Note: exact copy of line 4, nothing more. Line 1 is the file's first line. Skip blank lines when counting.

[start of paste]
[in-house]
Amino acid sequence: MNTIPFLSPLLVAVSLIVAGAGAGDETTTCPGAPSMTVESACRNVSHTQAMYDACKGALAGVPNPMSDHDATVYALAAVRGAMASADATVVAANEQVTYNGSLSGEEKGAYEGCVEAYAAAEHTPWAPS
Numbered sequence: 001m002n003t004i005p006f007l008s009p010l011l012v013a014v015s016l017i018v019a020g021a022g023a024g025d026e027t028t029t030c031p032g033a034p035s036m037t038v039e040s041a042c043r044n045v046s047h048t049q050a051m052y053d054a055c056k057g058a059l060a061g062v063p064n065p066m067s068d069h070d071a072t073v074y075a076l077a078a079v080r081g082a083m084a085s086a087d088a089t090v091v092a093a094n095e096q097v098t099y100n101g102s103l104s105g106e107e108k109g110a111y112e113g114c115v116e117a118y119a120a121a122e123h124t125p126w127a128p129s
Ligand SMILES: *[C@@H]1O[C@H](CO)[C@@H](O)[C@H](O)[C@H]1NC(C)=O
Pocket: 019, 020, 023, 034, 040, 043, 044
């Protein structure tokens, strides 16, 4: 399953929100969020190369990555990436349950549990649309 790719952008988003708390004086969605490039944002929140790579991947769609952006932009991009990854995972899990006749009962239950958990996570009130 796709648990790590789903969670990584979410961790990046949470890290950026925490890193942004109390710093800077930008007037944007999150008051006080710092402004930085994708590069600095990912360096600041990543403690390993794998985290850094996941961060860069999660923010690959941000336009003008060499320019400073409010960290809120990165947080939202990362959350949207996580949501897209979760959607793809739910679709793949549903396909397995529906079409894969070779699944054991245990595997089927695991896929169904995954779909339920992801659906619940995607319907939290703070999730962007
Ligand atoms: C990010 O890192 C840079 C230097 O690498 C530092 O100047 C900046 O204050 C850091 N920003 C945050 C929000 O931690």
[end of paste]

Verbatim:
Ligand SMILES: *[C@@H]1O[C@H](CO)[C@@H](O)[C@H](O)[C@H]1NC(C)=O